FSB survey of reporting entities on legal barriers to OTC derivatives trade reporting
The FSB is seeking responses from financial institutions and other reporting entities on issues they may face with legal barriers to the reporting of full transaction information about over-the-counter (OTC) derivatives. The requested responses will provide input to the FSB’s ongoing work to evaluate the extent to which its member jurisdictions have met their commitments to remove such legal barriers. The FSB will report on the findings from its evaluation to the November-December G20 Summit in Buenos Aires.
Such barriers may arise from client confidentiality, data protection, blocking statutes, or other official requirements, either in FSB member jurisdictions or other jurisdictions where counterparties may be located. Such barriers may require trade reports to be “masked” or de-identified, which significantly impairs the value of the information to regulators. The following information is available for financial institutions or other reporting entities responding to the survey:
Survey – an Excel template that will be used to collect survey responses. All responses must be completed in this format.
Guidance on completing the survey – a note providing instructions on how to complete the survey.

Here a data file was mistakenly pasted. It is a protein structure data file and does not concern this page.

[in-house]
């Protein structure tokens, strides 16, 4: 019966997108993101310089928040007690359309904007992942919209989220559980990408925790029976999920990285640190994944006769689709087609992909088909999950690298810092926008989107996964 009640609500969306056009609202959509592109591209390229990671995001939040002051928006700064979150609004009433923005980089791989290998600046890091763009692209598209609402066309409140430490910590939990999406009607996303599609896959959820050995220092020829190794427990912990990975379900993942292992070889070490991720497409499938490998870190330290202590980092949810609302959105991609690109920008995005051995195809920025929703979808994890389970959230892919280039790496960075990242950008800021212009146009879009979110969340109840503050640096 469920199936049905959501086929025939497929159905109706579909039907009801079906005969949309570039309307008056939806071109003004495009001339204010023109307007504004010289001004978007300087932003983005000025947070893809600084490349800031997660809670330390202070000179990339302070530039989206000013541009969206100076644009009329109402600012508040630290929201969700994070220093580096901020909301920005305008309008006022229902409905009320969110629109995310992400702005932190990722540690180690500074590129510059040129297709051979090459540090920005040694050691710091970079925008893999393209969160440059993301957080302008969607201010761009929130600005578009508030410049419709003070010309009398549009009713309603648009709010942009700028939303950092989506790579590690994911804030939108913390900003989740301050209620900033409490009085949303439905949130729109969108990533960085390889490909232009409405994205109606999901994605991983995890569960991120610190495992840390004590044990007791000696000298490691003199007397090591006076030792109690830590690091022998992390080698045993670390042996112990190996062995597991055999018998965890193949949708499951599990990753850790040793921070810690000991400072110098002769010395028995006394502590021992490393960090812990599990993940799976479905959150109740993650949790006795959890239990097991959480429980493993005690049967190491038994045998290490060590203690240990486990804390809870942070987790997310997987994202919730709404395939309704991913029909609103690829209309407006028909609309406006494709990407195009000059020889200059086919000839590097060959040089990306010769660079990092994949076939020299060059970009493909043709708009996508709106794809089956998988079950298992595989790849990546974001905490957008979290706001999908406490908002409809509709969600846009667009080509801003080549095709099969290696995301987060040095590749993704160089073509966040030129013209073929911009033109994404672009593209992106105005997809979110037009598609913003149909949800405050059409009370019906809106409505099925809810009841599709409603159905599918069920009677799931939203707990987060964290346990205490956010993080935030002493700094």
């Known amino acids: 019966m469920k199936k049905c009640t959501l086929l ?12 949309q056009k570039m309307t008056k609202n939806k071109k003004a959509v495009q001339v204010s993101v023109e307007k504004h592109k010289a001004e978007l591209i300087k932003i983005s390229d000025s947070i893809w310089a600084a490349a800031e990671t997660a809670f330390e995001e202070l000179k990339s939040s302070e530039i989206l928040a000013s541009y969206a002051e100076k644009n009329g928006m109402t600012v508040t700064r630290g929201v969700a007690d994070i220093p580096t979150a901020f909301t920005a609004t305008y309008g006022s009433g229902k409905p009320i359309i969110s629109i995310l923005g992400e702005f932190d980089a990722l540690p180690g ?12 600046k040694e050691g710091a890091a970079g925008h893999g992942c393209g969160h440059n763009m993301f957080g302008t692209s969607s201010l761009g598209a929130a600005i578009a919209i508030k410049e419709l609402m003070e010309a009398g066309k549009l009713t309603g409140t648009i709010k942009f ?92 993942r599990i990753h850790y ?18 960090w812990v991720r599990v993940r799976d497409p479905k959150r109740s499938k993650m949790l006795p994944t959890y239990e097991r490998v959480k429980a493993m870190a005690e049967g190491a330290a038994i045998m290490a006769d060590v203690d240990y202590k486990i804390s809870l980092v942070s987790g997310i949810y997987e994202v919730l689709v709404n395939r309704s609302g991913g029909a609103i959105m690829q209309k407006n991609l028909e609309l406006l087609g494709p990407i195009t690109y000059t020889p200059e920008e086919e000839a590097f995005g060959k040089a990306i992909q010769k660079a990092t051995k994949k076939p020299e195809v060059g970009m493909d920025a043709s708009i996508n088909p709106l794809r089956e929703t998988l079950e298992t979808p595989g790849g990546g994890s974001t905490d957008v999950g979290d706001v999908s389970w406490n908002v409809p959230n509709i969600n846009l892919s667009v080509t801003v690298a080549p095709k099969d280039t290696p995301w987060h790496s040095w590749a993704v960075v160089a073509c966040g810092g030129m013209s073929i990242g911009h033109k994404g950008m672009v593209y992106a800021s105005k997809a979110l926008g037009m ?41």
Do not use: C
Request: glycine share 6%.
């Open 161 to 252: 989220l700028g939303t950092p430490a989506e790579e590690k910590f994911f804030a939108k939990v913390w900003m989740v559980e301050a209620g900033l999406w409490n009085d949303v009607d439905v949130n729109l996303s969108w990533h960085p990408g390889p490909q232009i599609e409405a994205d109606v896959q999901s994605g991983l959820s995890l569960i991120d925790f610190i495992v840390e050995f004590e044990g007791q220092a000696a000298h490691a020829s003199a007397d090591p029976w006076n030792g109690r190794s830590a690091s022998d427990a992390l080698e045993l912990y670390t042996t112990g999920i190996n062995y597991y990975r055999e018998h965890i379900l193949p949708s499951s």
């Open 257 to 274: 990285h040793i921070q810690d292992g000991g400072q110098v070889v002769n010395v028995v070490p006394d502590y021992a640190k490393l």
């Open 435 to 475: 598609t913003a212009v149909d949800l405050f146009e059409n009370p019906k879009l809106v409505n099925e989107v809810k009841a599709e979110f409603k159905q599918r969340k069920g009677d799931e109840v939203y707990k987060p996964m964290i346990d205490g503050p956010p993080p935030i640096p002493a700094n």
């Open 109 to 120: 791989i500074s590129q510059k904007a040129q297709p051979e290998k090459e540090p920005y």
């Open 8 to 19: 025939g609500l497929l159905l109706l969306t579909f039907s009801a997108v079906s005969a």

Survey responses should be submitted by Wednesday 25 April 2018 to [email protected]. Responses will be treated confidentially in line with the guidance on completing the survey, which is available at the link above.
In 2009 the G20 agreed a comprehensive reform agenda for OTC derivatives markets. The agreed reforms included trade reporting of OTC derivatives; central clearing and, where appropriate, exchange or electronic platform trading of standardised OTC derivatives; and higher capital and minimum margin requirements for non-centrally cleared derivatives.
Trading reporting provides authorities with information to identify and monitor systemic risk and for a range of other purposes, including oversight of markets, trading venues, financial market infrastructures and market participants; analysing product and market structure developments; developing policies around central clearing; and conducting event studies.
FSB members have raised concerns that restrictions on reporting complete OTC derivatives transaction information to trade repositories can limit its usefulness to authorities in carrying out their regulatory mandates, including monitoring and analysing systemic risk and market activity. Barriers to authorities’ access to data held in trade repositories also limit the ability of authorities to make full use of the data.
The FSB published a thematic peer review of OTC derivative trade reporting in November 2015, which identified a number of legal barriers to reporting of transactions. FSB members agreed as a follow up that, by June 2018, all jurisdictions should remove barriers to reporting of full transaction information and have a legal framework in place to permit authorities’ access to data in accordance with their mandates and in accordance with the domestic regulatory regime. The FSB has since published progress reports in 2016 and 2017 setting out the steps FSB member jurisdictions have taken, and are planning to take, to address these barriers.
The FSB will report to the G20 Summit in November-December 2018 on implementation of the OTC derivatives reforms and in particular on the extent to which member jurisdictions have met their commitments to remove legal barriers for trade reporting.